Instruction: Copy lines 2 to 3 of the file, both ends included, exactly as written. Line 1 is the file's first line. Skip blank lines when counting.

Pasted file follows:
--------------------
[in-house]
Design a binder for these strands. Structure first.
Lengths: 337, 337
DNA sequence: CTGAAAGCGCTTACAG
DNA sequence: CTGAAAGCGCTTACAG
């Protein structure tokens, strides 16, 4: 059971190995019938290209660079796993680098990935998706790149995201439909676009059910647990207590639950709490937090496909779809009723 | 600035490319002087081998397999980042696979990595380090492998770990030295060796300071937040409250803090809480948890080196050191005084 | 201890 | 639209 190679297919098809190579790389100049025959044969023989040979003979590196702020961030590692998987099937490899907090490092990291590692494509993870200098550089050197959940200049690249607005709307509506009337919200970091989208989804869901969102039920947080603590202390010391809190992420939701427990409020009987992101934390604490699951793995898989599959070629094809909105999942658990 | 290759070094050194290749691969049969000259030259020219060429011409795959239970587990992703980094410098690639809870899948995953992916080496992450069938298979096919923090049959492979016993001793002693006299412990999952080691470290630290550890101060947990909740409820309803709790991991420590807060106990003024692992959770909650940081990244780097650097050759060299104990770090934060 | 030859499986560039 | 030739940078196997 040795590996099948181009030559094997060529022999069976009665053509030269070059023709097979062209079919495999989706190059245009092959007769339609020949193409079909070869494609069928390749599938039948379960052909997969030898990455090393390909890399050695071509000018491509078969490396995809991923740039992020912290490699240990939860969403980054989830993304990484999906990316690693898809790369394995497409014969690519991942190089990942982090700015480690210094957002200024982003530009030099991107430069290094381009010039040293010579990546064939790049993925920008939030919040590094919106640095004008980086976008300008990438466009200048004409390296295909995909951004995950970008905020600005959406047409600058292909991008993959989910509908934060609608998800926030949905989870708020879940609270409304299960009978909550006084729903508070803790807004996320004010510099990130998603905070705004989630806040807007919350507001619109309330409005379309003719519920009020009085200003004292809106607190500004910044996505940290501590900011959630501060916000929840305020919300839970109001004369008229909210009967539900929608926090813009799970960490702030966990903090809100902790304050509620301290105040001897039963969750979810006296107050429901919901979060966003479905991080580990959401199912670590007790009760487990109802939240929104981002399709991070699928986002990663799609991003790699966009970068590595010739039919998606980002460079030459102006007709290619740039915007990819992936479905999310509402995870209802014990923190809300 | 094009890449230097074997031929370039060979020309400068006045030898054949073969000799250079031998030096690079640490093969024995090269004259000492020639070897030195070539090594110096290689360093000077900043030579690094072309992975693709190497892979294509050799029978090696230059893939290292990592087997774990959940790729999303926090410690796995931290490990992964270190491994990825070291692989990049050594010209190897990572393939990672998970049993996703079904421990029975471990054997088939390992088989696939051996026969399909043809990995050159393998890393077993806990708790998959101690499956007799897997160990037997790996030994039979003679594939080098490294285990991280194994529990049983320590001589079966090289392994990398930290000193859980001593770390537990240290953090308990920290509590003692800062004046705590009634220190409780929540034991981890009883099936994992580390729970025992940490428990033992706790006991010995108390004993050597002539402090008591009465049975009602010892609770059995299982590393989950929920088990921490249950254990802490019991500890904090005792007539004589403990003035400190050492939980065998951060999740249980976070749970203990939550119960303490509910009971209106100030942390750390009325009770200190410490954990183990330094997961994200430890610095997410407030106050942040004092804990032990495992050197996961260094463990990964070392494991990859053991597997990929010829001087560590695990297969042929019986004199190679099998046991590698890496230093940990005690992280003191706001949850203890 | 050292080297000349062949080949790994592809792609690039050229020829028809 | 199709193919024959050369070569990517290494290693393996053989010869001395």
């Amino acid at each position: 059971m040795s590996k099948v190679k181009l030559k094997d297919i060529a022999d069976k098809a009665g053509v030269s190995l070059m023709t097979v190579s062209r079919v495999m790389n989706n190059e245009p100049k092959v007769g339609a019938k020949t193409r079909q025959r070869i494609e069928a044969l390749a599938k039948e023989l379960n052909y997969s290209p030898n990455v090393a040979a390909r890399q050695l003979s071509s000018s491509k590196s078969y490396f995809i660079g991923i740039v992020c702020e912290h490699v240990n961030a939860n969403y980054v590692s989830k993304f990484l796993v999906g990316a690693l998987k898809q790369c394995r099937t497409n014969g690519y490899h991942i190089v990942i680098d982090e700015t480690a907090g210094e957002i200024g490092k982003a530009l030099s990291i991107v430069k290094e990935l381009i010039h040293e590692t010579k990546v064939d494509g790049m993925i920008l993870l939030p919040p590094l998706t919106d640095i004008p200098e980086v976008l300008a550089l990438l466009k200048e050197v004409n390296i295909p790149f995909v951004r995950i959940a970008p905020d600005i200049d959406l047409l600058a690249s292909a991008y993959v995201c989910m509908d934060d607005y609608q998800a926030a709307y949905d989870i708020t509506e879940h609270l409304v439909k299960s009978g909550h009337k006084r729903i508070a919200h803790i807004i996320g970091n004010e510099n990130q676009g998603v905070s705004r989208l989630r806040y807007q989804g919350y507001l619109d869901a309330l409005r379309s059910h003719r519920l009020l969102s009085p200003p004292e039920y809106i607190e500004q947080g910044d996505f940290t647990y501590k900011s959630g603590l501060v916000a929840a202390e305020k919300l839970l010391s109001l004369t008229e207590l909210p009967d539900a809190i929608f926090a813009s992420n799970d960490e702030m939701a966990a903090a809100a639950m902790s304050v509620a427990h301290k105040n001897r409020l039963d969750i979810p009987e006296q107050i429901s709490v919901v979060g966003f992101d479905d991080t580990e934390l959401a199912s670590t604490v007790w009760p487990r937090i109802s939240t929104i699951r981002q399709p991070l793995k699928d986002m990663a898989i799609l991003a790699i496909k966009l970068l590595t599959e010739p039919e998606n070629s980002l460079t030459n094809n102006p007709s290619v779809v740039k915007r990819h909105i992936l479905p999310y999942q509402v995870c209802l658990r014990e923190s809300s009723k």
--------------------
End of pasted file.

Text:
Design a binder for these strands. Structure first.
Lengths: 337, 337